ACK. I tend to write way too much on most of my votes, especially on the ones where I disagree with the majority of previous voters. I don't do that so much to convince people, but more to encourage everyone to be a bit more conscious about their own thoughts before they vote. And maybe more importantly in practice: to give those who don't dare to disagree on their own something to agree with.
But back to topic. I've said it when we moved animations over to Featured Media and I'll happily repeat it: I think we should turn Featured Pictures into Featured Photographs, or at least move all kinds of computer graphics elsewhere. They are made by different people for a different audience, need different criteria, and never will get proper recognition here. That would allow raising the threshold for photographs, although I'm not convinced that would change much in the end.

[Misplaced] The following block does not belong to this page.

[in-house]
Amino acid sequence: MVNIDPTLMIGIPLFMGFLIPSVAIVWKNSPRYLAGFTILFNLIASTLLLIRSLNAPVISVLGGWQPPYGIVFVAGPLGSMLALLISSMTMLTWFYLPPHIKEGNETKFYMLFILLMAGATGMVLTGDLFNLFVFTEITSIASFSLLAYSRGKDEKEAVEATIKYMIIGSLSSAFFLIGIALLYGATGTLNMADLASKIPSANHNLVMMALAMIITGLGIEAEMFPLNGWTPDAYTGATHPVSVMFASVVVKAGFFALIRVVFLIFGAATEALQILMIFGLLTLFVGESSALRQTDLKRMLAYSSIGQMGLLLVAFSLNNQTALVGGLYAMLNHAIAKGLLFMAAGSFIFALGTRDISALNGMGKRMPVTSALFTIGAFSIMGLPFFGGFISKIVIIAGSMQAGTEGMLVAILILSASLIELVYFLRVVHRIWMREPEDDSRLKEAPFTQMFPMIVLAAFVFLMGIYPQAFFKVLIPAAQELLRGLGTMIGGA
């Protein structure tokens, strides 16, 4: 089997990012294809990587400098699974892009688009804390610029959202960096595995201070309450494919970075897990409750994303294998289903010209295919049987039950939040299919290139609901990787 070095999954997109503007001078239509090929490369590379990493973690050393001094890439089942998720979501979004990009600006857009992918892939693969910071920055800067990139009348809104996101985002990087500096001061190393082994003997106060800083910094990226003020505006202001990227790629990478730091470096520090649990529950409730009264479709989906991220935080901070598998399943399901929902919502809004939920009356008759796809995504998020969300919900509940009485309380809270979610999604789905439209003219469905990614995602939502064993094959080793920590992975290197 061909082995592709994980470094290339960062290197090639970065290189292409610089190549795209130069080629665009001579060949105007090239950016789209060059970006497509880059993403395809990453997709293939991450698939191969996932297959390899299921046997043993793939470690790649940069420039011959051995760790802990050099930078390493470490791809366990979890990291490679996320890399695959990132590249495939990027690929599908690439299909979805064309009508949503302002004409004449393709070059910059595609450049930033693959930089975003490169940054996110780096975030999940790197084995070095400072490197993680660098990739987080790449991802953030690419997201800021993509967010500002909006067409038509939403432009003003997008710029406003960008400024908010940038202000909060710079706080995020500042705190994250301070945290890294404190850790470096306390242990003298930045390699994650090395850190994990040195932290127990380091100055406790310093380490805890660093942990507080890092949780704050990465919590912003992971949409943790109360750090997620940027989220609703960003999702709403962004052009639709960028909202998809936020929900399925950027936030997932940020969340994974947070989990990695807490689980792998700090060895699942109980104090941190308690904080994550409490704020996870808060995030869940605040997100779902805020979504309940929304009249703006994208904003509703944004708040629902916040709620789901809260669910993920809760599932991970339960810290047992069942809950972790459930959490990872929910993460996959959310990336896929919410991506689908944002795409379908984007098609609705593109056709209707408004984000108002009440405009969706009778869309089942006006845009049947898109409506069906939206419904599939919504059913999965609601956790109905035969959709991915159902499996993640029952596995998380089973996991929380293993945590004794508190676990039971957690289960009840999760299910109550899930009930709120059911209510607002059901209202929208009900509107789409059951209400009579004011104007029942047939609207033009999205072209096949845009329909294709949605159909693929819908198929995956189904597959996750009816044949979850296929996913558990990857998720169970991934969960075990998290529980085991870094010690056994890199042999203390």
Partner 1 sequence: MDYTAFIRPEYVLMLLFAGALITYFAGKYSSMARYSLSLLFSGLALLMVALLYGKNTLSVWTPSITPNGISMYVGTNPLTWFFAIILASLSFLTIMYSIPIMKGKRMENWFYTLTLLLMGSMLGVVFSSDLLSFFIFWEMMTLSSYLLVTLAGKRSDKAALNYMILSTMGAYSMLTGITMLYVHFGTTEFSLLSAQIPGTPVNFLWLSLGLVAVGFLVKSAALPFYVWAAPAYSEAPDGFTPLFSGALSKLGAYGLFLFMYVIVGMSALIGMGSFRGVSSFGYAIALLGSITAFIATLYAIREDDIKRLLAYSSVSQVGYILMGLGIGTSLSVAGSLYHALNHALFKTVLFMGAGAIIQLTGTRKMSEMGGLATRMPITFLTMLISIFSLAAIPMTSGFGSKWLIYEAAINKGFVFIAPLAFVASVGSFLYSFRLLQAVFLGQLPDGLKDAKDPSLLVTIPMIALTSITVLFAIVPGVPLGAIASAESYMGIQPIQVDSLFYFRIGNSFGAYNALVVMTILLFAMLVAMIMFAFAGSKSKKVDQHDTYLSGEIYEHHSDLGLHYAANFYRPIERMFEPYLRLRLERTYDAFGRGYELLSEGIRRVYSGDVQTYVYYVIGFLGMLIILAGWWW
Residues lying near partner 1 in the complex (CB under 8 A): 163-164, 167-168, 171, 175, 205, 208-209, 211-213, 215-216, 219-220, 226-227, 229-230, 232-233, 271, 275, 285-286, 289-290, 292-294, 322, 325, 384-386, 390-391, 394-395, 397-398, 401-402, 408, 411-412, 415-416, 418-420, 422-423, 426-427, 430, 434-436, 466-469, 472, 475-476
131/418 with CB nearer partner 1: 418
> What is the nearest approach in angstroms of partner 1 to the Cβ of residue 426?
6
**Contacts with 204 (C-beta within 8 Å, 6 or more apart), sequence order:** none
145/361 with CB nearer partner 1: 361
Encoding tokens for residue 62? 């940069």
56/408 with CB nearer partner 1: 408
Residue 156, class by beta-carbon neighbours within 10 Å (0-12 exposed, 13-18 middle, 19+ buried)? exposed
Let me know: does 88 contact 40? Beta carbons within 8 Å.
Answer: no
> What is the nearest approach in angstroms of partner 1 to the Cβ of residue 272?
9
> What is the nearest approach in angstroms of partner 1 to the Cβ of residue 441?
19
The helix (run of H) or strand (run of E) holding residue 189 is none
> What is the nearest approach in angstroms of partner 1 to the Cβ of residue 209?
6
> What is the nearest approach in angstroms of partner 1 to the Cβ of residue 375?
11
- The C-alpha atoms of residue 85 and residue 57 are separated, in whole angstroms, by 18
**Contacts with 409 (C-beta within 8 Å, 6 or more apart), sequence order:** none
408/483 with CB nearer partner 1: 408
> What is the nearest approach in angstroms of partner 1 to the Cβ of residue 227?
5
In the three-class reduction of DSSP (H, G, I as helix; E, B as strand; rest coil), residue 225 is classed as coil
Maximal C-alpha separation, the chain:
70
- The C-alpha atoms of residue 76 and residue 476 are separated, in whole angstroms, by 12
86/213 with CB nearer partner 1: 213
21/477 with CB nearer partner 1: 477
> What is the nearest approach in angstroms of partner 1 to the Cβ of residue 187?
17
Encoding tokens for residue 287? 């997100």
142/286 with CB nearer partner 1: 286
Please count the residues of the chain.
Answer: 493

Anyway, I don't think any further minimum requirements for voters would help much either. It might even trigger a new kind of unwanted behavior when today's voters-who-like-everything turn to nominating sub par images in order to move up into the ranks of recognized FP-reviewers. Great breeding grounds for more toxic behavior and elitist gate keeping, if you ask me. El Grafo (talk) 13:17, 8 June 2022 (UTC)[reply]